Need to grab the changes from yesterday. An example would be great.
Don't you think that's a little vague? An example of what?
ICETOOL is NOT a plug-in for SUPERC. ICETOOL is NOT a compare product. You can do some matching functions with ICETOOL, but you're going to have to specify exactly what it is you want to do before anyone can help you.
Give an example of your input records (relevant fields only) and what you expect for output. Explain the "rules" for getting from input to output. Give the RECFM and LRECL of the input file. Give the starting position, length and format of each relevant field.
Thanks for the candor! I will fill in more blanks next time.
We have account records from yesterday and account records from today that some or many of the fields have been changed during the day by the Customer Service Associates. We would like to output only the records that have been changed. Like a line compare report with Superc that flags the changed records with an identifier as described below. The files are FB and the Lrecl is 34.
Currently we are generating a report with Superc and these parameters:
SUPERC EXEC PGM=ISRSUPC,
then we scan the Superc report with SORT and output anything that is tagged as being changed, ie the deltas, with this command:
INCLUDE COND=(2,3,CH,EQ,C'I -')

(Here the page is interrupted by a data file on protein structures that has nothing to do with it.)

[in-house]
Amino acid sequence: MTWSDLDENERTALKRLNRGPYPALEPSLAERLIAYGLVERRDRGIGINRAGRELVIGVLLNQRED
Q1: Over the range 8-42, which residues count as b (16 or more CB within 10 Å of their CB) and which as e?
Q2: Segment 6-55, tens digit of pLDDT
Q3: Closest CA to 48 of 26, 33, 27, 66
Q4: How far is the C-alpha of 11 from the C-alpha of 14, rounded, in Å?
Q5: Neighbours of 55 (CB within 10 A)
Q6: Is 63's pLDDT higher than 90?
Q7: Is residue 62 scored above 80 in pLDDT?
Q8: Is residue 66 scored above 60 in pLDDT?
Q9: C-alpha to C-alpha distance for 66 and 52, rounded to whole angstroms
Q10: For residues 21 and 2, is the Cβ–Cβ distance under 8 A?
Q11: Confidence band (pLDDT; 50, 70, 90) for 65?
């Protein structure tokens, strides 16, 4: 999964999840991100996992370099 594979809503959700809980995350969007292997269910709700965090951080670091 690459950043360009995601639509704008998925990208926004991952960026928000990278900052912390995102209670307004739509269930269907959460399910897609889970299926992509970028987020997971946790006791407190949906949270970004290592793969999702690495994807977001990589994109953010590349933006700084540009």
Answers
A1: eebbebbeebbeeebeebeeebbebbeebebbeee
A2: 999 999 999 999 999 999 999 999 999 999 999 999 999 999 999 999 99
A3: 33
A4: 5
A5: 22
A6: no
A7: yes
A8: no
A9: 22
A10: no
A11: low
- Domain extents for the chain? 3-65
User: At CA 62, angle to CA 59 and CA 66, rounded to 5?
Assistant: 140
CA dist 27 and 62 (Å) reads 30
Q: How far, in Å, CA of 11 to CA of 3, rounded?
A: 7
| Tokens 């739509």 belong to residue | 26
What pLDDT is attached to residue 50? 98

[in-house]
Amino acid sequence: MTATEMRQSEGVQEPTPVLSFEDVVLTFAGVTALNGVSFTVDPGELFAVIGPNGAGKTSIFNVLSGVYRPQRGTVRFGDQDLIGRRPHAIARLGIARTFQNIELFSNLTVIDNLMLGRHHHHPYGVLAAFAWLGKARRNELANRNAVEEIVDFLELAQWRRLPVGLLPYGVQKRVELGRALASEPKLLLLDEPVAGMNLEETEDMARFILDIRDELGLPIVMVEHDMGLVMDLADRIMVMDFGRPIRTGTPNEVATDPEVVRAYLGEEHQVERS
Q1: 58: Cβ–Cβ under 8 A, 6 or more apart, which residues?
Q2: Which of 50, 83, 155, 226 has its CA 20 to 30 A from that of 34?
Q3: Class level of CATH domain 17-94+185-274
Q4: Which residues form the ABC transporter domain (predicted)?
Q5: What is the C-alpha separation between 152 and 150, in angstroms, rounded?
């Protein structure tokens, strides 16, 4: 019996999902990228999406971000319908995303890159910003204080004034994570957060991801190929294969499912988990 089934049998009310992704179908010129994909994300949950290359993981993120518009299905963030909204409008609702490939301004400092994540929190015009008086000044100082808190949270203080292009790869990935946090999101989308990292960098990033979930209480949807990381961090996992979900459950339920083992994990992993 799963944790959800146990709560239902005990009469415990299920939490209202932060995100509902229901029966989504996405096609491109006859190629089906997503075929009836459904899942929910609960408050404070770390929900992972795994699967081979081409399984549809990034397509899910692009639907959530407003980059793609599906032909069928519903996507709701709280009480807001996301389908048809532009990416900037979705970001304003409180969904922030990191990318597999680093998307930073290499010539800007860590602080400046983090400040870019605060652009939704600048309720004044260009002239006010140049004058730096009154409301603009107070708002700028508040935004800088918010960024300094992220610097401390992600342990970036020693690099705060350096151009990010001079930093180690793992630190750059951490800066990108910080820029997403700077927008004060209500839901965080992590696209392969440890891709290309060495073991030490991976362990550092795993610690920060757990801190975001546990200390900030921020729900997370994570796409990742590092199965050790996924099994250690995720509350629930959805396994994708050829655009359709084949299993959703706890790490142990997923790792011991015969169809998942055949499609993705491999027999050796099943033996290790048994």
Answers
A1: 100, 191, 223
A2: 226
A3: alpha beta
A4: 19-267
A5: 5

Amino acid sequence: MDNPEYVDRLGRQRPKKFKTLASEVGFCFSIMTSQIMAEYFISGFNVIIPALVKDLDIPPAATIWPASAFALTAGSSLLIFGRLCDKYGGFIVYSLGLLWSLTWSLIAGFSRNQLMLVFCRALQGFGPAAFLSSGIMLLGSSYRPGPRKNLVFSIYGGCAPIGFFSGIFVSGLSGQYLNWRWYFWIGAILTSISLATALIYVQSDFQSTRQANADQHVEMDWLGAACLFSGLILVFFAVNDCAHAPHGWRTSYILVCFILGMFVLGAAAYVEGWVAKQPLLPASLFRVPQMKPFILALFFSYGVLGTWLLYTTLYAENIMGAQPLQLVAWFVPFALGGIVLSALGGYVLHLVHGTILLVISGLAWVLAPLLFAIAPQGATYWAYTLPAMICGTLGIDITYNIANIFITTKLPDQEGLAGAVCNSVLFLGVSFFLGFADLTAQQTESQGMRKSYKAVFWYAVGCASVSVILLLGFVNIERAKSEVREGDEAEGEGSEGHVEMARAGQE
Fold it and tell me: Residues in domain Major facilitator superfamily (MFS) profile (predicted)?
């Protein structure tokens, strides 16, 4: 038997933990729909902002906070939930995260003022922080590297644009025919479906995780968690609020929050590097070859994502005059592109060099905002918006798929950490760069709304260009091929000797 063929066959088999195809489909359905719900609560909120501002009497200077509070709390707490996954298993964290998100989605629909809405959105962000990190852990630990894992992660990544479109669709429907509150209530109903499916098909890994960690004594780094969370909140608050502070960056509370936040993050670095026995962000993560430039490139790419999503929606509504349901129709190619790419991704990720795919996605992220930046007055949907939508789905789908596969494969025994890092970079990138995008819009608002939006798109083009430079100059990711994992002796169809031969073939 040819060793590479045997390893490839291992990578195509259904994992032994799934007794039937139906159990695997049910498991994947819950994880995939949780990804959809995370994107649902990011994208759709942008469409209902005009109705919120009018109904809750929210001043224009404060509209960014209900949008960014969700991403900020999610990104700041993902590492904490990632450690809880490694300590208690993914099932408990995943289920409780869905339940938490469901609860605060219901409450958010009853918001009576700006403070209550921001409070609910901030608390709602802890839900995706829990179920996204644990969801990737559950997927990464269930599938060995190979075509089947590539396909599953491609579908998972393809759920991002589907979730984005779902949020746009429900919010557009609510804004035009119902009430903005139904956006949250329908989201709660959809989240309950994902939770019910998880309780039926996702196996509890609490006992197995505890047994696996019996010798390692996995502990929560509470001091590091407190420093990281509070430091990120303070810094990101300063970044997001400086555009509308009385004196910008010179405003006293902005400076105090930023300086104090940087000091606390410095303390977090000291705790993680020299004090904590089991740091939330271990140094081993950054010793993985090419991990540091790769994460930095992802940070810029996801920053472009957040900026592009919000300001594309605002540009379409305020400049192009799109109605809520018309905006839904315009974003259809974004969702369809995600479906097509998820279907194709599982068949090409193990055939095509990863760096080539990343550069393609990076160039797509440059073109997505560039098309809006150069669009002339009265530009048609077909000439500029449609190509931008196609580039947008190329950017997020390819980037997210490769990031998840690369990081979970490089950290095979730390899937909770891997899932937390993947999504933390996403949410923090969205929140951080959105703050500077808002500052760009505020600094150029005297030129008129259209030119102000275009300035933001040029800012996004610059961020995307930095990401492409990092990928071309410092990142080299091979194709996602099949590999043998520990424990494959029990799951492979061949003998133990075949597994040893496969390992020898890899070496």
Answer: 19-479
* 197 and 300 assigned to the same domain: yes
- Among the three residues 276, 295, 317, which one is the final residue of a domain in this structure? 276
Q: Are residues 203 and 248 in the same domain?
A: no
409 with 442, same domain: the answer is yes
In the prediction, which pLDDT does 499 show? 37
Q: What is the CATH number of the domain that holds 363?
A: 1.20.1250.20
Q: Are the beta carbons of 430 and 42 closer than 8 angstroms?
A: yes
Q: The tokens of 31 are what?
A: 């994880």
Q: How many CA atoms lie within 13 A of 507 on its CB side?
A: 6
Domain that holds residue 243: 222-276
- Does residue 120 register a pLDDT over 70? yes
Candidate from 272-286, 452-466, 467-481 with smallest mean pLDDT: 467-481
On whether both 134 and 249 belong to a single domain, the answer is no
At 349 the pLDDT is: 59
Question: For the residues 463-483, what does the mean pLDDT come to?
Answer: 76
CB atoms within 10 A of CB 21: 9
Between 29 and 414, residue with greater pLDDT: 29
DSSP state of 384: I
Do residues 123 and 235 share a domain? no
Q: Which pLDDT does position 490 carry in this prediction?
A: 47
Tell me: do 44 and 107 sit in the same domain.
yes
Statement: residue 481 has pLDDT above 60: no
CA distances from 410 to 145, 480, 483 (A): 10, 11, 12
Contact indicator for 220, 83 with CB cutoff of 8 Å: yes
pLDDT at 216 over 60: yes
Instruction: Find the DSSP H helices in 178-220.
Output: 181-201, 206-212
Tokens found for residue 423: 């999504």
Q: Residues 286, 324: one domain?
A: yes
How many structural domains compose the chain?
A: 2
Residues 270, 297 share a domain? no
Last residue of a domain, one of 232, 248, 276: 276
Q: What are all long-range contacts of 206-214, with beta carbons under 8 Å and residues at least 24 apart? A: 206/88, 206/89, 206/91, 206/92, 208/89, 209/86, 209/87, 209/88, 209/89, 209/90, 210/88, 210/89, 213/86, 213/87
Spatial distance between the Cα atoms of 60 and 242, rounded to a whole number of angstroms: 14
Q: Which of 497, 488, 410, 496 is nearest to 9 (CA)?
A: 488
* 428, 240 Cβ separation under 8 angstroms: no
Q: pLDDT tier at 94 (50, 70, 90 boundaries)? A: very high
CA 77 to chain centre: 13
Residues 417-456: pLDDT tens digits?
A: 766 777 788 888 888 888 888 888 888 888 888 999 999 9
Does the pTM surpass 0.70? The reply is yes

We would like to do this in one fell swoop, 1 step. We have many that are like this and will replace with ICETOOL/ICEMAN if performance is improved.
That's what were doing ! Thanks again.
p.s. What is a plugin please. I actually don't know.
I - AAAAAAAAAAAAAAABBBBBBBBBBBBBCCCCCCCCCCCCCCCCCCCC
I - RRRRRRRRRRRRRRRDDDDDDDDDDDDDFFFFFFFFFFFFFFFFFFFF
Assuming you don't need the 'I -' (we could easily add it if it's needed) and that your input files have RECFM=FB and LRECL=80 (the job can be changed appropriately for other attributes), you could get the records that were changed using a DFSORT/ICETOOL job like the following:
I have no idea if this DFSORT/ICETOOL job would be faster than the SUPERC/SORT job you're using now. The best way to find out is to run them both with your own data and compare the performance based on your own criteria (e.g. CPU time, clock time, EXCPs, etc).